Sunday, 26 October 2008

Catch-up

Having a full-time day job as an evil destroyer of young minds (well that's what the kids think anyway...), means that term-time makes it a bit difficult to keep-up to date on here. Plus we have had a "Quality Assurance" inspection (like a three-week OFSTED) which in my view is not only a waste of time and resources, it also came at a very bad time of year for a cider-maker...

Still the apples will only wait for so long, so once we had cleared the crap we were able to start. Unfortunately, many of our existing and new contacts for apples had assumed we weren't bothered this year, so we have lost out on a lot of fruit. Fortunately, Liz still had plenty of apples left, so we headed up the A1 to load up; it's a pity that Bramleys don't make a particularly good cider, as Liz's plot is covered in them. Still, we got a good mix of dessert, dual-use and wildings, about half-a-tonne or so in total, filling our trailer. When we mixed them with our Tom Putts and windfalls, we ended up with 50-odd gallons of juice, but the Specific Gravity is quite low, as expected after the wet summer; we reckon we'll end with something around 5.5% - 6.0% ABV.

On Saturday 25th October, we popped down to "The Dumbles" to relieve Helena and Dean of their apples. The weather was grim - rain and gale-force winds - which were slamming into the slope of the hill where the apple trees stand. Gail was volunteered to climb the trees for a good shake-down and we quite quickly filled all our sacks and the car - with loads of apples still left on the trees. We may need to make a return visit! Surprisingly, the apples were only just ripening on the whole, much different to last year, but then so was the weather. We dropped off a 10 litre box of "Dumbles Special" cider for Helena and Dean as a thank you; hope they like it...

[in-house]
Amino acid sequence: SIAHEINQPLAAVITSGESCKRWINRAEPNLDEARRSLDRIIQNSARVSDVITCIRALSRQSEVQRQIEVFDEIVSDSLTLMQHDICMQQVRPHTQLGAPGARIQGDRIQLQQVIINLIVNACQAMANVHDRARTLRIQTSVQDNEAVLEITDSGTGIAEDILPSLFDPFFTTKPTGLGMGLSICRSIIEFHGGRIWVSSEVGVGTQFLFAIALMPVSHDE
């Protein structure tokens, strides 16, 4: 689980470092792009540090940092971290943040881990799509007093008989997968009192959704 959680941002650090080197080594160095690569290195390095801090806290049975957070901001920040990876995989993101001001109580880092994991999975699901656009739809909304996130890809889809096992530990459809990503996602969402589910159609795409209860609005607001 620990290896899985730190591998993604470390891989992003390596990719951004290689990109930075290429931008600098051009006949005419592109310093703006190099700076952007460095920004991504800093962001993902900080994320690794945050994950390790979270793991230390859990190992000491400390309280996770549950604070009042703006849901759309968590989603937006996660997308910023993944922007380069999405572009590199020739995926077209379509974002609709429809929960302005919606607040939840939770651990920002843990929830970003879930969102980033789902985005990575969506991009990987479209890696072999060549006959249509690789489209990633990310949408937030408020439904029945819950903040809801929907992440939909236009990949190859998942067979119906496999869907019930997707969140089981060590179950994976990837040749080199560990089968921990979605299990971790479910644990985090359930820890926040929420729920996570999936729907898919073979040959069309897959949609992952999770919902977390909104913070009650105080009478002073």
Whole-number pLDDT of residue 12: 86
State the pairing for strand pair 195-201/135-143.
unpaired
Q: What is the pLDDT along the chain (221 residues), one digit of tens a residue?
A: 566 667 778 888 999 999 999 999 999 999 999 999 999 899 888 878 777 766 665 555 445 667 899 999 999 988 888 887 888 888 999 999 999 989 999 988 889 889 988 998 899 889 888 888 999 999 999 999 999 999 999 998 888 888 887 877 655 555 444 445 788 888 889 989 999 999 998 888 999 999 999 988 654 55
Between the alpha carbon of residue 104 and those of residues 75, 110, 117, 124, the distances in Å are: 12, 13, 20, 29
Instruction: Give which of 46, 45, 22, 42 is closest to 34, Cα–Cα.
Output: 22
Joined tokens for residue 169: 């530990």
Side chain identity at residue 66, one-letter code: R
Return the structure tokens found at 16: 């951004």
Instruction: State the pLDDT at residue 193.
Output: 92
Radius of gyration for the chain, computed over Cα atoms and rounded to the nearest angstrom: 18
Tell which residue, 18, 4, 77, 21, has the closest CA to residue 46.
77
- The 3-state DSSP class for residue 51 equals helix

When the skies had cleared on the Sunday, we headed north to Hempsall's Heritage Orchard and spent a few hours wandering up and down the rows of apple trees marvelling at the variety of shapes, colours and sizes of the fruit. There are around 300 different apple varieties, covering a wide range of flavours and tastes; tasting is free and you can buy what you want for a cover-all price of £1.30 a Kilo. The place really is a revelation. We came across an apple labelled "Vicar of Beighton" which was large, pale-yellow in colour, sweet and had a distinct taste of aniseed - much to our surprise! However, according to my web searches, "Vicar of Beighton" is described as a cooker and the photos show it as a red apple with some russett. Confusing.

Today we hope to start milling and pressing the sacks of apples littering the driveway. Plus we have our own cider apples ankle-deep on the garden following the winds this week. There are still many Yarlington mills, Dabinetts, Harry Master's Jerseys, Stoke Reds and Royal Somersets still on the trees, but we'll probably pick and mill the lot this week to clear the garden.

We also want to try to get over to Norfolk at some point soon, having received a postcard from a friend informing us that their cider-apple trees are loaded with fruit and do we want the apples...? A long way for a load of apples but it will give us a chance to visit Whin Hill Cider in Wells-next-the-Sea and also pig-out on fish and chips from French's chippy on the quayside. Yum!

We also plan to lay a new deep-bed screed on the concrete floor in the Cider Shed, so that we can paint it to meet Environmental Health requirements. Then we can complete kitting the shed out, including purchasing some 120 litre containers for blending. We may also be getting some nearly-new IBC's to check over that have been used for food stuffs; they are used for one trip only to carry ingredients to Thornton's the chocolate people. Whether we take them will depend on what they've been used for of course. Chocolate-flavoured cider anyone?

1 comment:

Karen & Mark said...

Just to confuse matters even more, the new book of apples describes Vicar of Beighton as '..large (and) handsome..' and classifys it as being a 'predominantly red flushed, smooth skinned, sweet dessert variety, such as Worcester Permain, McIntosh, Delicious.'

The fleash is described as '..Sweet, soft, (and) crumbling'

Happy pressing, Mark